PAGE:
In recent years the University has attempted to improve campus-based social life, partly in an effort to reduce the influence of the eating clubs and increase school spirit. The Board believes the high attendance at events such as the Silent Disco and the dodgeball tournament is evidence of potential for sustained success in hosting University-based social events that attract a broad swath of campus. We, like the University, recognize that there is merit in partially shifting Princeton’s social life away from the eating clubs and toward campus itself primarily because such a shift would foster a sense of unity that is sometimes absent from the Street. But we disagree with the method the University has employed in order to achieve this shift.
Aside from the few large-scale, campus-wide events referenced thus far, Princeton has mainly tried to centralize social life on campus by promoting residential college events as a source for campus interactions. However, despite these efforts and the increased funding to the college councils, the Board believes that residential college events such as intramurals and socials sponsored by the residential colleges have failed to gain traction in the student body and are often poorly attended. While similar residential college systems have been successful at other schools, we believe that the nature of the Princeton community makes such success difficult to replicate here. For example, at Princeton the participation of upperclassmen in the residential colleges is limited both by their independent work and their affiliation with eating clubs. The lack of upperclassman participation strongly inhibits the residential college’s ability to serve as a center of social life on campus. As a result, the Board recommends that some of the funding for residential college events be reallocated to hosting more campus-wide social gatherings. We do not believe that the residential college system should be dismantled; we are merely advocating for a change in the fashion in which the University distributes funds to varying institutions.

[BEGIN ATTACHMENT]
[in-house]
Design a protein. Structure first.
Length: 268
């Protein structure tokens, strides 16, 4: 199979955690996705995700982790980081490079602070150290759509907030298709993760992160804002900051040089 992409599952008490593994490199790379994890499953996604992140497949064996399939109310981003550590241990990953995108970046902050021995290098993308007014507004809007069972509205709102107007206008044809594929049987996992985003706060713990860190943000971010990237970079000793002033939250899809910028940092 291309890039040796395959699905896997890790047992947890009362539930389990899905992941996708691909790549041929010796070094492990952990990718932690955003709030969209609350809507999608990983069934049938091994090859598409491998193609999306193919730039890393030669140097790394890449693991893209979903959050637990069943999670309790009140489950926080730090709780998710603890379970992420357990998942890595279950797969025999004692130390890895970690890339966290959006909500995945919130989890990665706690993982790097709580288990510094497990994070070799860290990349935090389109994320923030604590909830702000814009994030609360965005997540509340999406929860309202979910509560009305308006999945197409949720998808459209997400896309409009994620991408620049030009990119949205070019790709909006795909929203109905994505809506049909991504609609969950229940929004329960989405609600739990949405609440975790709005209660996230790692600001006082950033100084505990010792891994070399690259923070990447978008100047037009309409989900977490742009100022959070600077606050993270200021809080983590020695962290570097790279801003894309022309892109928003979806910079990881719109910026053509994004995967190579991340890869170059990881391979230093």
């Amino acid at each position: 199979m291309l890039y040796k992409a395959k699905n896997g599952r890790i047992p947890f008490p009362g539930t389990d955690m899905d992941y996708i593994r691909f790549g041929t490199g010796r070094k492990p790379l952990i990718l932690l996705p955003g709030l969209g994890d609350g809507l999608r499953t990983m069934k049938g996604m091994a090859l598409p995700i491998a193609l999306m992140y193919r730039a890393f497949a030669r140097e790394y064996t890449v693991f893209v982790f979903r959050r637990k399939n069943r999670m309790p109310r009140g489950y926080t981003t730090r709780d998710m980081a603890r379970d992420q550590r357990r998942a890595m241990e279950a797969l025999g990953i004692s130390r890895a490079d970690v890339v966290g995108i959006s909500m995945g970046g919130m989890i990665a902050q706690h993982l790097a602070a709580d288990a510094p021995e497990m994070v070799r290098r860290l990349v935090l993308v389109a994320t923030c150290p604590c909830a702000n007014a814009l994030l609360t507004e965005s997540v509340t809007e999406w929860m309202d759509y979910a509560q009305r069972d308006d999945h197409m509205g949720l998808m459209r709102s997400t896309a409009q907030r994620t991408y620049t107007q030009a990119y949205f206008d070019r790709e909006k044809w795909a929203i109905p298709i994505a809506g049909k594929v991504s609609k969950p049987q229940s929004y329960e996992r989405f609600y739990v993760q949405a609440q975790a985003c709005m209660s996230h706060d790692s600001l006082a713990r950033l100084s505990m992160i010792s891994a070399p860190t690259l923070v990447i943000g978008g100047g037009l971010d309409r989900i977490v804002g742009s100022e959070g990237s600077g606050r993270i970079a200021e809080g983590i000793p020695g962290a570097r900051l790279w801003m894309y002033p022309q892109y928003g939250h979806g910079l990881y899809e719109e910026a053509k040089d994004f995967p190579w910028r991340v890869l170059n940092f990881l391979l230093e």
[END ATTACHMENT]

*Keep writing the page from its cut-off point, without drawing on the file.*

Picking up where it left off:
The success of the Silent Disco and the Orange and Black Ball indicate that the student body is much more receptive to large-scale social events. The Board recognizes that such events are not a panacea for whatever deficiencies campus social life may have, but they have proved to be an effective way to bring together a diverse group of students in a way that the residential college events have not. In particular, it appears that these events have been much more successful at attracting the upperclassmen that the residential college system struggles to involve. These social events also allow students to interact with peers they may have not interacted with in other settings without trying to create artificial rivalries between the colleges, as the Clash of the Colleges does, for example. Furthermore, campus-wide and class-wide social events are more compatible with the University’s existing social structures, like eating clubs, than events and initiatives hosted by residential colleges.
In summary, the Board recommends that the University continue to increase support for campus-wide social events. These events have been effective at creating a campus unity that is often lacking at Princeton and that has not been fostered by the residential colleges. We urge the University to shift the emphasis away from the residential college system and to carefully examine existing campus institutions while planning University-wide gatherings.